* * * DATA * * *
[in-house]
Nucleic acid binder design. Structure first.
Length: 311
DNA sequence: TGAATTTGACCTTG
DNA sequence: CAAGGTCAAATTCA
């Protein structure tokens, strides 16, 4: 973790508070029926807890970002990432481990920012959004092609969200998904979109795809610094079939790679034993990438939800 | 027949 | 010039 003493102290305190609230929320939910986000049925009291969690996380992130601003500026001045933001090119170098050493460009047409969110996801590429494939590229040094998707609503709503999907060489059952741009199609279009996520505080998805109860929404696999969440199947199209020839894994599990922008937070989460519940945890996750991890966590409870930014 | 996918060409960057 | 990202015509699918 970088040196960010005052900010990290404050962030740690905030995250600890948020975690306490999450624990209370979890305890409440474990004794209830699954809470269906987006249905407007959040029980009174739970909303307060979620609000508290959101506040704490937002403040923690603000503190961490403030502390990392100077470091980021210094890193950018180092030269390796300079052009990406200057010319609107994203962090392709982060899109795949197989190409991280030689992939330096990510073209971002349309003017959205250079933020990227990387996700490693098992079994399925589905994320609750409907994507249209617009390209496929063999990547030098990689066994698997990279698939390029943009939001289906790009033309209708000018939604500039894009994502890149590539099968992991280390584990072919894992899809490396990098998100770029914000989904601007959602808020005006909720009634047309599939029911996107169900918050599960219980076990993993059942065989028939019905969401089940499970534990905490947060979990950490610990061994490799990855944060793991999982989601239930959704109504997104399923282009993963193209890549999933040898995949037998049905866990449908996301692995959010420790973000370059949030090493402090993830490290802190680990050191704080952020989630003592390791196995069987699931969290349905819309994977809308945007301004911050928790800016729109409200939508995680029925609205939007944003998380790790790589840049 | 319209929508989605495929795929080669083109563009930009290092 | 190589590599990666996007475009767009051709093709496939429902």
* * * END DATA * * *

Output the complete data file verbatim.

[in-house]
Nucleic acid binder design. Structure first.
Length: 311
DNA sequence: TGAATTTGACCTTG
DNA sequence: CAAGGTCAAATTCA
């Protein structure tokens, strides 16, 4: 973790508070029926807890970002990432481990920012959004092609969200998904979109795809610094079939790679034993990438939800 | 027949 | 010039 003493102290305190609230929320939910986000049925009291969690996380992130601003500026001045933001090119170098050493460009047409969110996801590429494939590229040094998707609503709503999907060489059952741009199609279009996520505080998805109860929404696999969440199947199209020839894994599990922008937070989460519940945890996750991890966590409870930014 | 996918060409960057 | 990202015509699918 970088040196960010005052900010990290404050962030740690905030995250600890948020975690306490999450624990209370979890305890409440474990004794209830699954809470269906987006249905407007959040029980009174739970909303307060979620609000508290959101506040704490937002403040923690603000503190961490403030502390990392100077470091980021210094890193950018180092030269390796300079052009990406200057010319609107994203962090392709982060899109795949197989190409991280030689992939330096990510073209971002349309003017959205250079933020990227990387996700490693098992079994399925589905994320609750409907994507249209617009390209496929063999990547030098990689066994698997990279698939390029943009939001289906790009033309209708000018939604500039894009994502890149590539099968992991280390584990072919894992899809490396990098998100770029914000989904601007959602808020005006909720009634047309599939029911996107169900918050599960219980076990993993059942065989028939019905969401089940499970534990905490947060979990950490610990061994490799990855944060793991999982989601239930959704109504997104399923282009993963193209890549999933040898995949037998049905866990449908996301692995959010420790973000370059949030090493402090993830490290802190680990050191704080952020989630003592390791196995069987699931969290349905819309994977809308945007301004911050928790800016729109409200939508995680029925609205939007944003998380790790790589840049 | 319209929508989605495929795929080669083109563009930009290092 | 190589590599990666996007475009767009051709093709496939429902």